The New ‘Grinch’ Is A Whole Lot Nicer Than The One You Remember — For Better Or Worse

Universal Pictures

This Christmas will feel extra nostalgic with the arrival of The Grinch, hitting theaters Friday, Nov. 9. Unlike Ron Howard's live-action version from 2000 starring Jim Carrey, this one is made by Illumination Entertainment, the same studio that brought us the Despicable Me and Minions flicks. With this one becoming the third version of the classic story, it’s important to know how the new Grinch movie compares to the others. Rather than being a direct remake or a sequel, it's actually a fresh spin on the iconic Dr. Seuss antihero.

Similarly to the live-action version, this one delves into the Grinch’s (voiced by Benedict Cumberbatch) origin story, showing that he spent most of his childhood in a Whoville orphanage with nobody to celebrate Christmas with. But this one doesn’t carry on the dark, heartbreaking story of him being intensely bullied for being different. He’s also not completely exiled from Whoville, either. Unlike the previous versions, he actually interacts with the Whoville townsfolks whenever he has to go buy groceries, so they’re used to seeing him around and don’t actually fear him. They do, however, see him as a bitter meanie.

The Grinch isn’t a big fan of his neighbors, either. When the town sets out to make Christmas three times bigger this year, the Grinch comes up with a plan to not have to deal with the festivities: steal Christmas. This part of the story is centered around the original, with the Grinch posing as Santa Claus and carrying out his plan until he crosses paths with Cindy Lou.

Unlike he does in its darker predecessor, How The Grinch Stole Christmas, this Grinch more like a cuddly green furry creature who could use a hug than a scary monster. And while he is introduced as a villain, Despicable Me fans might think of him as being similar to Gru. He tries very hard to be evil and carry out his nefarious plans, but deep down inside he’s a softie.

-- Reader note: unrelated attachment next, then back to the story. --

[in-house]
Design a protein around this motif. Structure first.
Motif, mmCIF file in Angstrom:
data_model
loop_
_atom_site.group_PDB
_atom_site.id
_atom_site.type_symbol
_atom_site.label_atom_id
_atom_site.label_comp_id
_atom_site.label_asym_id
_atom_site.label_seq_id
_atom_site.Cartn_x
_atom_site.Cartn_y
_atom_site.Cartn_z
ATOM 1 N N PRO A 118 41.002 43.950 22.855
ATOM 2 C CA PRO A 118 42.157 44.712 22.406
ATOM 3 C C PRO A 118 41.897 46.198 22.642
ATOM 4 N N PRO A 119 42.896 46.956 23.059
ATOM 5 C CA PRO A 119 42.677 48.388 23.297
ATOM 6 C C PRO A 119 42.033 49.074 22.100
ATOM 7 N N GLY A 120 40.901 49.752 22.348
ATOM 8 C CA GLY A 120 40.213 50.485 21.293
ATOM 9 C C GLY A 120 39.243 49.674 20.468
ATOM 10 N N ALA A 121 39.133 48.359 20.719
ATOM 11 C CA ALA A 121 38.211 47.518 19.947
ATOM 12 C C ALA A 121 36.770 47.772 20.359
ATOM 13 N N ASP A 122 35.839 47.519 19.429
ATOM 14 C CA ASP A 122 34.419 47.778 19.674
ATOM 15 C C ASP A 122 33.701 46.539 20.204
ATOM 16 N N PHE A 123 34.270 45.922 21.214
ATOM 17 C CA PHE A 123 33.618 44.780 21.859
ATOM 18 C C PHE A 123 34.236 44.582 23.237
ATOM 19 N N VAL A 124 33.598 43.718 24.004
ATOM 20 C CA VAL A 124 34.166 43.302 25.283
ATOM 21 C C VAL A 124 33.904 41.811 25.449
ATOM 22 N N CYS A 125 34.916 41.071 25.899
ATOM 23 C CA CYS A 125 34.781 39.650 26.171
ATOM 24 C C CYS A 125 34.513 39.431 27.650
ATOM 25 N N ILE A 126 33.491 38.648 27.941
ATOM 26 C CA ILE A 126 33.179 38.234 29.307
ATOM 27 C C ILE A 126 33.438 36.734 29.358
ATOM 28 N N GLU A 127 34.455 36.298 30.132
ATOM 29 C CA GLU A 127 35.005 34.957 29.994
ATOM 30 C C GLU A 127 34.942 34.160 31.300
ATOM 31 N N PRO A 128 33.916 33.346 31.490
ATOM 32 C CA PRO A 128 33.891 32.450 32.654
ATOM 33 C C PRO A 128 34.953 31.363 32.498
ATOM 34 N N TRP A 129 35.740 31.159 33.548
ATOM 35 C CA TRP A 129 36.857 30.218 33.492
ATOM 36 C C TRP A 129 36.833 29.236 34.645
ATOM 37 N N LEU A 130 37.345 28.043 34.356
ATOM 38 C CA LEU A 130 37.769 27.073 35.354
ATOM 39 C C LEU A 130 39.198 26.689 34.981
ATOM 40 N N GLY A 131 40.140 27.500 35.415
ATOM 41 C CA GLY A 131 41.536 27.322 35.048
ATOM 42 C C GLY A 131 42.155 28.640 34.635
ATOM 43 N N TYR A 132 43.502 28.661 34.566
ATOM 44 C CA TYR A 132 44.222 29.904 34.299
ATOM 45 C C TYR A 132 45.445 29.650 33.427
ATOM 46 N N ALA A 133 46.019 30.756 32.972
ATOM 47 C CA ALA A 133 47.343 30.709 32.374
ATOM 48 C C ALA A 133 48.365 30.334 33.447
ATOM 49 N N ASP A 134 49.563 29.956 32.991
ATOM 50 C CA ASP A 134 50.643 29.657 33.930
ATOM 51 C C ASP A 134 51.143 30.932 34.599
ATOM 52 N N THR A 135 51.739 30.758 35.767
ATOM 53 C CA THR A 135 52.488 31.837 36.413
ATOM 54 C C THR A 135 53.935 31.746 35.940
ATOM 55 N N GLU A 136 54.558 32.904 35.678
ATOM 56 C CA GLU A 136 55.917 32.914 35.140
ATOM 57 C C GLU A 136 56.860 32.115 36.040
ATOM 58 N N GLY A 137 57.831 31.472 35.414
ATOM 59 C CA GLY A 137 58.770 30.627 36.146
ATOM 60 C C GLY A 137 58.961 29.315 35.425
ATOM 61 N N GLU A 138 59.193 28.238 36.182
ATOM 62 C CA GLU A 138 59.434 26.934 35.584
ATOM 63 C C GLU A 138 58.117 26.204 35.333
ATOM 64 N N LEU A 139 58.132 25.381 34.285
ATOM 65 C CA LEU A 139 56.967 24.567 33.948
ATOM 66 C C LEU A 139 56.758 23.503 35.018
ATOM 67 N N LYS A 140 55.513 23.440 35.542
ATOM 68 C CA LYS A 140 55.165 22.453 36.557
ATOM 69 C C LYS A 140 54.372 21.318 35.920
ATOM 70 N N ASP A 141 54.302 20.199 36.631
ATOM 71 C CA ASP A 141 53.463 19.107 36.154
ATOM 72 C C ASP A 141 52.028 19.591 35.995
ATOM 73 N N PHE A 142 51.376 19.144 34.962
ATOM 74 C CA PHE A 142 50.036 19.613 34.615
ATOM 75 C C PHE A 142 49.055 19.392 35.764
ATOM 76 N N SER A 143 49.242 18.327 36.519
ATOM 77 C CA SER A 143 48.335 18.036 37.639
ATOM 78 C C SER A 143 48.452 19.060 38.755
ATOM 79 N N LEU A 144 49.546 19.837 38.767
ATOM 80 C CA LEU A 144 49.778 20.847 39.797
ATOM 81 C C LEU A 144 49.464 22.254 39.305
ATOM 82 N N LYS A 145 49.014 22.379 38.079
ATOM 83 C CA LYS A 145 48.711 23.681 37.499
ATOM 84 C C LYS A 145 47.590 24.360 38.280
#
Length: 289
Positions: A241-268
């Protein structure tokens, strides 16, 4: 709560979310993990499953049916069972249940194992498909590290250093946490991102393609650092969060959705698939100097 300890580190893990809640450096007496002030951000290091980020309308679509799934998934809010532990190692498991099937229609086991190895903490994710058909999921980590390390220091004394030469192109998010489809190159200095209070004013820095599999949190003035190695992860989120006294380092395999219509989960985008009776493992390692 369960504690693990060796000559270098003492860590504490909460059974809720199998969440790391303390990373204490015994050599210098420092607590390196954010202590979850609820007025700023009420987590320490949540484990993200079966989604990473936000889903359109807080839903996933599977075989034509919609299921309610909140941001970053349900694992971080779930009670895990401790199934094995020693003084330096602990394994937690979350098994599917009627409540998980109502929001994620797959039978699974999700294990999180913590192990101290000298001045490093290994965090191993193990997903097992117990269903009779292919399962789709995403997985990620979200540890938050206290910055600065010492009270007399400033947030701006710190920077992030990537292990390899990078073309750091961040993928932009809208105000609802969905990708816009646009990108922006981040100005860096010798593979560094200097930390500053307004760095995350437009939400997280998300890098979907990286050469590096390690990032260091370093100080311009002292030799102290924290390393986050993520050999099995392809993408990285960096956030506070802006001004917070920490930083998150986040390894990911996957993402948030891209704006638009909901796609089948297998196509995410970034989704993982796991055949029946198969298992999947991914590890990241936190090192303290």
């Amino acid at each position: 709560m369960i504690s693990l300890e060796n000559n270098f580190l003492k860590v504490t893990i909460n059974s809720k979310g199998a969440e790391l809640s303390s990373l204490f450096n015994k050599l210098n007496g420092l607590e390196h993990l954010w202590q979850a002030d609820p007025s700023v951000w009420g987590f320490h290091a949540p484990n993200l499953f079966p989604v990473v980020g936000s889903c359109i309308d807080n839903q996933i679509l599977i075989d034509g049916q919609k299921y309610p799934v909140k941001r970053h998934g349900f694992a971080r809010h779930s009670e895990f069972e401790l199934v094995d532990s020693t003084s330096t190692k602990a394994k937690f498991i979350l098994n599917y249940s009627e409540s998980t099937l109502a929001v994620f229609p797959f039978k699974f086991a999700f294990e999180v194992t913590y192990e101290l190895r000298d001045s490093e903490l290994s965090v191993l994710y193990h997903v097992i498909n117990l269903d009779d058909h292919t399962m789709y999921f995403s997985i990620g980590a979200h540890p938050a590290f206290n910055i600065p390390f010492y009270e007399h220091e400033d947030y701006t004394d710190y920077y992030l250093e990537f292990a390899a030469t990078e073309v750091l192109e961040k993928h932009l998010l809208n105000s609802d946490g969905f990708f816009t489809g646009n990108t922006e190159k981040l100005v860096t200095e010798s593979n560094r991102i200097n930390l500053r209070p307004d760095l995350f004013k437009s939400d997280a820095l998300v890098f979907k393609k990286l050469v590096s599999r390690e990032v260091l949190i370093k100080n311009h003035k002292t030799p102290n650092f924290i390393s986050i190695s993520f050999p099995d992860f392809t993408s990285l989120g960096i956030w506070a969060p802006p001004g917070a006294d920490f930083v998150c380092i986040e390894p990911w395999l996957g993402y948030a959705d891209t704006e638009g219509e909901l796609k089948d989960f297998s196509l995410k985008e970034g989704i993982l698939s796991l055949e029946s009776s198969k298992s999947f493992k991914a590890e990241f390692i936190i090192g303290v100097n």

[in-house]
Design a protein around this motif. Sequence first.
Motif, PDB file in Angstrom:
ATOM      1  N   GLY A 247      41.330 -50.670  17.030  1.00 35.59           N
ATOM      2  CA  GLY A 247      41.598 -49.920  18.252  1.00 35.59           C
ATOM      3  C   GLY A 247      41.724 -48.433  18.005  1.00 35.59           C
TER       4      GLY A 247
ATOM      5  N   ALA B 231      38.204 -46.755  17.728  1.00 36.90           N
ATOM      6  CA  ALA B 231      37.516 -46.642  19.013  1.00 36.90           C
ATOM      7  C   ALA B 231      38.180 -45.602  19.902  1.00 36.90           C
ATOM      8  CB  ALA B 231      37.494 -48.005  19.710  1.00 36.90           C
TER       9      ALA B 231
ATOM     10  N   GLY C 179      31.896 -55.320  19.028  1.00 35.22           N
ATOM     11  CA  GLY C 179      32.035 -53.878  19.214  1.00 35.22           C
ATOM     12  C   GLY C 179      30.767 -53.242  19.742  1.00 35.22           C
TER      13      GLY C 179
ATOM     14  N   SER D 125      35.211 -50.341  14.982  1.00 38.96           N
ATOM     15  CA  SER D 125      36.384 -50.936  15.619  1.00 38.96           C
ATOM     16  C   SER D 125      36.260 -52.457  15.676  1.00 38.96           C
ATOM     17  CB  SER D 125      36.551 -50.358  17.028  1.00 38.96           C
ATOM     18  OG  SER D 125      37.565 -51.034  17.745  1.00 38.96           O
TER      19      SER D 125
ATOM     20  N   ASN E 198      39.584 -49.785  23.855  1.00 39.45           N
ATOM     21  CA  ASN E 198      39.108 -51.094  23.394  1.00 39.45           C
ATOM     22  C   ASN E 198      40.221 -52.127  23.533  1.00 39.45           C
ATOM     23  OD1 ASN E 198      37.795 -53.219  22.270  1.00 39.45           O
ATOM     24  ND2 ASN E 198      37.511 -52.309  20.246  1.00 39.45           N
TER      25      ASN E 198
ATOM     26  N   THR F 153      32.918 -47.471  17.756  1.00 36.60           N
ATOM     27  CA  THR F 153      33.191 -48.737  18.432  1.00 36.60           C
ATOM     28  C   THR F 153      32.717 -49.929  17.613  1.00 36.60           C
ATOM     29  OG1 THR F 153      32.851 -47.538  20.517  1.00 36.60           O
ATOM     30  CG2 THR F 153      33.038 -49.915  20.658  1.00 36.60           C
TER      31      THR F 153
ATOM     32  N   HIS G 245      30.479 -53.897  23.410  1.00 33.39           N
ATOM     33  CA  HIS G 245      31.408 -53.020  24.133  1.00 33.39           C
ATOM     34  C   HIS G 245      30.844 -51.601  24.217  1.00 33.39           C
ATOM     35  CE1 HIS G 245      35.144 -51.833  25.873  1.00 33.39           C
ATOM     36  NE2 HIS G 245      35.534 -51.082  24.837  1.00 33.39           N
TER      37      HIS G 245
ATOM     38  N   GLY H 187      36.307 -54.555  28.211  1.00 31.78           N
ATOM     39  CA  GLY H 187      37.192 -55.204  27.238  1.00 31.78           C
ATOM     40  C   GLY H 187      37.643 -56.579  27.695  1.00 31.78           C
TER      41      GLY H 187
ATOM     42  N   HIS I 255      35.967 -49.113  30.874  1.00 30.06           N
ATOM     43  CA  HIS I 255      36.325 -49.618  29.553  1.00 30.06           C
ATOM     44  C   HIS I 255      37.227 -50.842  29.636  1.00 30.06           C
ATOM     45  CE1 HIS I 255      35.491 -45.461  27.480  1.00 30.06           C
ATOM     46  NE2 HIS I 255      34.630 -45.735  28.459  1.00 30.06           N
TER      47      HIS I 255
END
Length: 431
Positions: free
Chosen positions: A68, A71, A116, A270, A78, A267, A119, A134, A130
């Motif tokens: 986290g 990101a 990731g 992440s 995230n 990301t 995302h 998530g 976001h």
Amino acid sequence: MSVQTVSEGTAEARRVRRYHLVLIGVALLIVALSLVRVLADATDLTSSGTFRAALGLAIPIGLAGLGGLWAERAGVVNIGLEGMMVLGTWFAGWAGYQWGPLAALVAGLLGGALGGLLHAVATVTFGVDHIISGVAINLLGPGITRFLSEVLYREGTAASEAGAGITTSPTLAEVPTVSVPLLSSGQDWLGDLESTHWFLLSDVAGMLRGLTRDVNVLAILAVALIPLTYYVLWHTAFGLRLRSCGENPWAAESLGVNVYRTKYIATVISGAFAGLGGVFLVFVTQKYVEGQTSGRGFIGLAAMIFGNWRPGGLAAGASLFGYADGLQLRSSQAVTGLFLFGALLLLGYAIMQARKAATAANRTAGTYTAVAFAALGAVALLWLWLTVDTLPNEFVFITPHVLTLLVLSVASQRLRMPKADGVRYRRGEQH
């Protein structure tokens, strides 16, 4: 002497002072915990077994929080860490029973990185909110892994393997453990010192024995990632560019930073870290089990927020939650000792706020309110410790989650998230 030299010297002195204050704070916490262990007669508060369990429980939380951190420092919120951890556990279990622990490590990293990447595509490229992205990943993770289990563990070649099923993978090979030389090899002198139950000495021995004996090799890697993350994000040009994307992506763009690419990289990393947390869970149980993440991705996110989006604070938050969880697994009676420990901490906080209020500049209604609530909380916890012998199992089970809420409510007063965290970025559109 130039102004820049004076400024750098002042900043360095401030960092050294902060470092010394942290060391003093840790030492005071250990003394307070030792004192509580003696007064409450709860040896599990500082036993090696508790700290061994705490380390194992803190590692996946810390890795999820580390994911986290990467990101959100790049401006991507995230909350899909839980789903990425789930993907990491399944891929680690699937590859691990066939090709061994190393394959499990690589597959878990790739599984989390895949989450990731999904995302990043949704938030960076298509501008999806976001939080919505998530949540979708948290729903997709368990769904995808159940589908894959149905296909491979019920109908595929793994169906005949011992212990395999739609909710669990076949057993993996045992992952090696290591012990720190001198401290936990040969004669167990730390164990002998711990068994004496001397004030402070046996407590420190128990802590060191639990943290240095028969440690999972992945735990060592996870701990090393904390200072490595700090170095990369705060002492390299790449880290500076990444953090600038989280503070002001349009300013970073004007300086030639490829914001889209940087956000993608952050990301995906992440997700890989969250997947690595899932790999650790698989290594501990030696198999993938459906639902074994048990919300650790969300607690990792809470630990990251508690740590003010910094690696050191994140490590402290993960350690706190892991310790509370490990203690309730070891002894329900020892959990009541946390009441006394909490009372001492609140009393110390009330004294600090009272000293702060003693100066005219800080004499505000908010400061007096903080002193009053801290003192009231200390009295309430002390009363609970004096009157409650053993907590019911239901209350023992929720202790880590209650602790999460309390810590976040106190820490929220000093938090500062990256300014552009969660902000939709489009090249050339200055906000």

You can also expect some lighthearted humor akin to Despicable Me and Minions, too, making this a more family-friendly version than the live-action one. Plus, we get to see that the Grinch is not that evil from the beginning. He’s actually a doting dog dad to Max, and also practices proper hygiene. Instead of living in cave that’s dark and dirty, he lives in a cave that actually looks like a dream home. It’s bright, spacious, and adorned with colorful furniture.

The new take on the classic Christmas tale also has plenty of huge names attached. The Grinch actually has a similar persona to Cumberbatch's iconic TV character, Sherlock Holmes. Then there’s Rashida Jones as Cindy Lou’s mom, Donna Lou; Kenan Thompson as Whoville citizen Bricklebaum; Angela Lansbury as the mayor of Whoville; and Pharrell Williams as the narrator.

There’s plenty to look forward to with this new film version of the story. The live-action feature film might’ve felt too scary for children and far too dark to become a Christmas tradition, but 2018's contribution is more more accessible.